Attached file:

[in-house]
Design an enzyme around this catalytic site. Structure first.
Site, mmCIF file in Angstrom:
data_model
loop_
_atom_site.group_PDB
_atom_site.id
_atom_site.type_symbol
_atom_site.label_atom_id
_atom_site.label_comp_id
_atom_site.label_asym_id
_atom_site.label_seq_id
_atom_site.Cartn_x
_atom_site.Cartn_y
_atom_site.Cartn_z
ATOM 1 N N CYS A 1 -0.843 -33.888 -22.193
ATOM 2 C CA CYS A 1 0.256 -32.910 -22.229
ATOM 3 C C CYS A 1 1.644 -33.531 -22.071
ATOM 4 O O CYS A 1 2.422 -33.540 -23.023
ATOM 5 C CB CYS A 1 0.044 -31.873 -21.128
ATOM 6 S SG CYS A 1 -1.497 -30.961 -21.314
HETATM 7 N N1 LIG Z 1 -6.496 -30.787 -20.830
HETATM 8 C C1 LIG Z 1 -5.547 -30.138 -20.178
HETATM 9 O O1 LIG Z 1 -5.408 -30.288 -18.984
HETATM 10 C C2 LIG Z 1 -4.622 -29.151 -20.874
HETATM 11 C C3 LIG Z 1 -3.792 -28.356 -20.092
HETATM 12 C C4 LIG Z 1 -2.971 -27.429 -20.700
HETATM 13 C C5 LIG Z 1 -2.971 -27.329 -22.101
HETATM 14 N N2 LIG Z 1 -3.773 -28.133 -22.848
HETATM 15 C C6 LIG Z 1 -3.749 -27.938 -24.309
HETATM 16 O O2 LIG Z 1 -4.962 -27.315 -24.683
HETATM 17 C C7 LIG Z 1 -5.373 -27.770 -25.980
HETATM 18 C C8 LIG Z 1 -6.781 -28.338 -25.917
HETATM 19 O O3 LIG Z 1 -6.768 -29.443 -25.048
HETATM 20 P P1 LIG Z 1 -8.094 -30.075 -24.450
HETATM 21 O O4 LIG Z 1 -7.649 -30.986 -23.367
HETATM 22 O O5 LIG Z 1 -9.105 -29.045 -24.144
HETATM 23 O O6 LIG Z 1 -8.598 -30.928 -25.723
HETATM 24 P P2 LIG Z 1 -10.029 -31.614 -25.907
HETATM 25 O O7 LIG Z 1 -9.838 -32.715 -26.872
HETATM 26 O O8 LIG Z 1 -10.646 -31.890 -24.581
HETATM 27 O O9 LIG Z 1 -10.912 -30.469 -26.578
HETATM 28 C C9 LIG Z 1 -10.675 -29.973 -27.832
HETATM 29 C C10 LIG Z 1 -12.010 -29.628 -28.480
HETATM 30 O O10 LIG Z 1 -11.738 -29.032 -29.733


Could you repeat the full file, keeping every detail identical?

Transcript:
[in-house]
Design an enzyme around this catalytic site. Structure first.
Site, mmCIF file in Angstrom:
data_model
loop_
_atom_site.group_PDB
_atom_site.id
_atom_site.type_symbol
_atom_site.label_atom_id
_atom_site.label_comp_id
_atom_site.label_asym_id
_atom_site.label_seq_id
_atom_site.Cartn_x
_atom_site.Cartn_y
_atom_site.Cartn_z
ATOM 1 N N CYS A 1 -0.843 -33.888 -22.193
ATOM 2 C CA CYS A 1 0.256 -32.910 -22.229
ATOM 3 C C CYS A 1 1.644 -33.531 -22.071
ATOM 4 O O CYS A 1 2.422 -33.540 -23.023
ATOM 5 C CB CYS A 1 0.044 -31.873 -21.128
ATOM 6 S SG CYS A 1 -1.497 -30.961 -21.314
HETATM 7 N N1 LIG Z 1 -6.496 -30.787 -20.830
HETATM 8 C C1 LIG Z 1 -5.547 -30.138 -20.178
HETATM 9 O O1 LIG Z 1 -5.408 -30.288 -18.984
HETATM 10 C C2 LIG Z 1 -4.622 -29.151 -20.874
HETATM 11 C C3 LIG Z 1 -3.792 -28.356 -20.092
HETATM 12 C C4 LIG Z 1 -2.971 -27.429 -20.700
HETATM 13 C C5 LIG Z 1 -2.971 -27.329 -22.101
HETATM 14 N N2 LIG Z 1 -3.773 -28.133 -22.848
HETATM 15 C C6 LIG Z 1 -3.749 -27.938 -24.309
HETATM 16 O O2 LIG Z 1 -4.962 -27.315 -24.683
HETATM 17 C C7 LIG Z 1 -5.373 -27.770 -25.980
HETATM 18 C C8 LIG Z 1 -6.781 -28.338 -25.917
HETATM 19 O O3 LIG Z 1 -6.768 -29.443 -25.048
HETATM 20 P P1 LIG Z 1 -8.094 -30.075 -24.450
HETATM 21 O O4 LIG Z 1 -7.649 -30.986 -23.367
HETATM 22 O O5 LIG Z 1 -9.105 -29.045 -24.144
HETATM 23 O O6 LIG Z 1 -8.598 -30.928 -25.723
HETATM 24 P P2 LIG Z 1 -10.029 -31.614 -25.907
HETATM 25 O O7 LIG Z 1 -9.838 -32.715 -26.872
HETATM 26 O O8 LIG Z 1 -10.646 -31.890 -24.581
HETATM 27 O O9 LIG Z 1 -10.912 -30.469 -26.578
HETATM 28 C C9 LIG Z 1 -10.675 -29.973 -27.832
HETATM 29 C C10 LIG Z 1 -12.010 -29.628 -28.480
HETATM 30 O O10 LIG Z 1 -11.738 -29.032 -29.733